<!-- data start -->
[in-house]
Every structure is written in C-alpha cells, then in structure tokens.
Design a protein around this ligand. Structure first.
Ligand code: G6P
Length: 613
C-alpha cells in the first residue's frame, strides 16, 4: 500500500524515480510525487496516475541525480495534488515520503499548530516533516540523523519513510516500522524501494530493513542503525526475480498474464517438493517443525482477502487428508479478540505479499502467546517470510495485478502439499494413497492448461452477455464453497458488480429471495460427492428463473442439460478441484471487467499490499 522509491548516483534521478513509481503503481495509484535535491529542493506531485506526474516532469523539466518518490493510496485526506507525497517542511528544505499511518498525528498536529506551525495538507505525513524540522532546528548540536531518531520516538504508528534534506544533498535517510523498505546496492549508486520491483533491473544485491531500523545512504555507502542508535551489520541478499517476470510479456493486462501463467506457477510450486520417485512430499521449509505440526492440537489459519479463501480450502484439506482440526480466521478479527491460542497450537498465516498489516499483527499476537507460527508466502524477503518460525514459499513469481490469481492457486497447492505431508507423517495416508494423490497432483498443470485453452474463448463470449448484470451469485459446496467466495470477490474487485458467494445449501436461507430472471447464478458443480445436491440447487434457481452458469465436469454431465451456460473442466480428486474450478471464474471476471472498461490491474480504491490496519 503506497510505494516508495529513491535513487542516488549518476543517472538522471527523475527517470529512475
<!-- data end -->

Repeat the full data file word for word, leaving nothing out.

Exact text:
[in-house]
Every structure is written in C-alpha cells, then in structure tokens.
Design a protein around this ligand. Structure first.
Ligand code: G6P
Length: 613
C-alpha cells in the first residue's frame, strides 16, 4: 500500500524515480510525487496516475541525480495534488515520503499548530516533516540523523519513510516500522524501494530493513542503525526475480498474464517438493517443525482477502487428508479478540505479499502467546517470510495485478502439499494413497492448461452477455464453497458488480429471495460427492428463473442439460478441484471487467499490499 522509491548516483534521478513509481503503481495509484535535491529542493506531485506526474516532469523539466518518490493510496485526506507525497517542511528544505499511518498525528498536529506551525495538507505525513524540522532546528548540536531518531520516538504508528534534506544533498535517510523498505546496492549508486520491483533491473544485491531500523545512504555507502542508535551489520541478499517476470510479456493486462501463467506457477510450486520417485512430499521449509505440526492440537489459519479463501480450502484439506482440526480466521478479527491460542497450537498465516498489516499483527499476537507460527508466502524477503518460525514459499513469481490469481492457486497447492505431508507423517495416508494423490497432483498443470485453452474463448463470449448484470451469485459446496467466495470477490474487485458467494445449501436461507430472471447464478458443480445436491440447487434457481452458469465436469454431465451456460473442466480428486474450478471464474471476471472498461490491474480504491490496519 503506497510505494516508495529513491535513487542516488549518476543517472538522471527523475527517470529512475